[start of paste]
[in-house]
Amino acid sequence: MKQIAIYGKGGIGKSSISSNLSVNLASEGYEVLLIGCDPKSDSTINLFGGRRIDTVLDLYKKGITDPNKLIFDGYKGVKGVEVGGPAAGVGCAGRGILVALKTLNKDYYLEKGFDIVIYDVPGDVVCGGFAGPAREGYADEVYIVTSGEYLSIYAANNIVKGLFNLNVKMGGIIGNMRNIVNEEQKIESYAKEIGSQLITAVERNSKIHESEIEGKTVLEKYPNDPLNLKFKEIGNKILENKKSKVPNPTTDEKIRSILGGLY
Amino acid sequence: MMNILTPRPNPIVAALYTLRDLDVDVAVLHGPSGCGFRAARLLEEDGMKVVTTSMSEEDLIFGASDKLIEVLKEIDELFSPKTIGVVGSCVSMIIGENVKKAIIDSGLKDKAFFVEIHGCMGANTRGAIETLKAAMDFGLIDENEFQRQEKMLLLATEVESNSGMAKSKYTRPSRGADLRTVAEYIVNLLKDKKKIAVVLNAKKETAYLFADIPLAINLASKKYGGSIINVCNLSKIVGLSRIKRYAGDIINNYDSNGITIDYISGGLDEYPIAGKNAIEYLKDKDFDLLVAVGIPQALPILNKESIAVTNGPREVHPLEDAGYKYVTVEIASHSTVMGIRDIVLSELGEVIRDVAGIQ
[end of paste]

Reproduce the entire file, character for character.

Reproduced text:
[in-house]
Amino acid sequence: MKQIAIYGKGGIGKSSISSNLSVNLASEGYEVLLIGCDPKSDSTINLFGGRRIDTVLDLYKKGITDPNKLIFDGYKGVKGVEVGGPAAGVGCAGRGILVALKTLNKDYYLEKGFDIVIYDVPGDVVCGGFAGPAREGYADEVYIVTSGEYLSIYAANNIVKGLFNLNVKMGGIIGNMRNIVNEEQKIESYAKEIGSQLITAVERNSKIHESEIEGKTVLEKYPNDPLNLKFKEIGNKILENKKSKVPNPTTDEKIRSILGGLY
Amino acid sequence: MMNILTPRPNPIVAALYTLRDLDVDVAVLHGPSGCGFRAARLLEEDGMKVVTTSMSEEDLIFGASDKLIEVLKEIDELFSPKTIGVVGSCVSMIIGENVKKAIIDSGLKDKAFFVEIHGCMGANTRGAIETLKAAMDFGLIDENEFQRQEKMLLLATEVESNSGMAKSKYTRPSRGADLRTVAEYIVNLLKDKKKIAVVLNAKKETAYLFADIPLAINLASKKYGGSIINVCNLSKIVGLSRIKRYAGDIINNYDSNGITIDYISGGLDEYPIAGKNAIEYLKDKDFDLLVAVGIPQALPILNKESIAVTNGPREVHPLEDAGYKYVTVEIASHSTVMGIRDIVLSELGEVIRDVAGIQ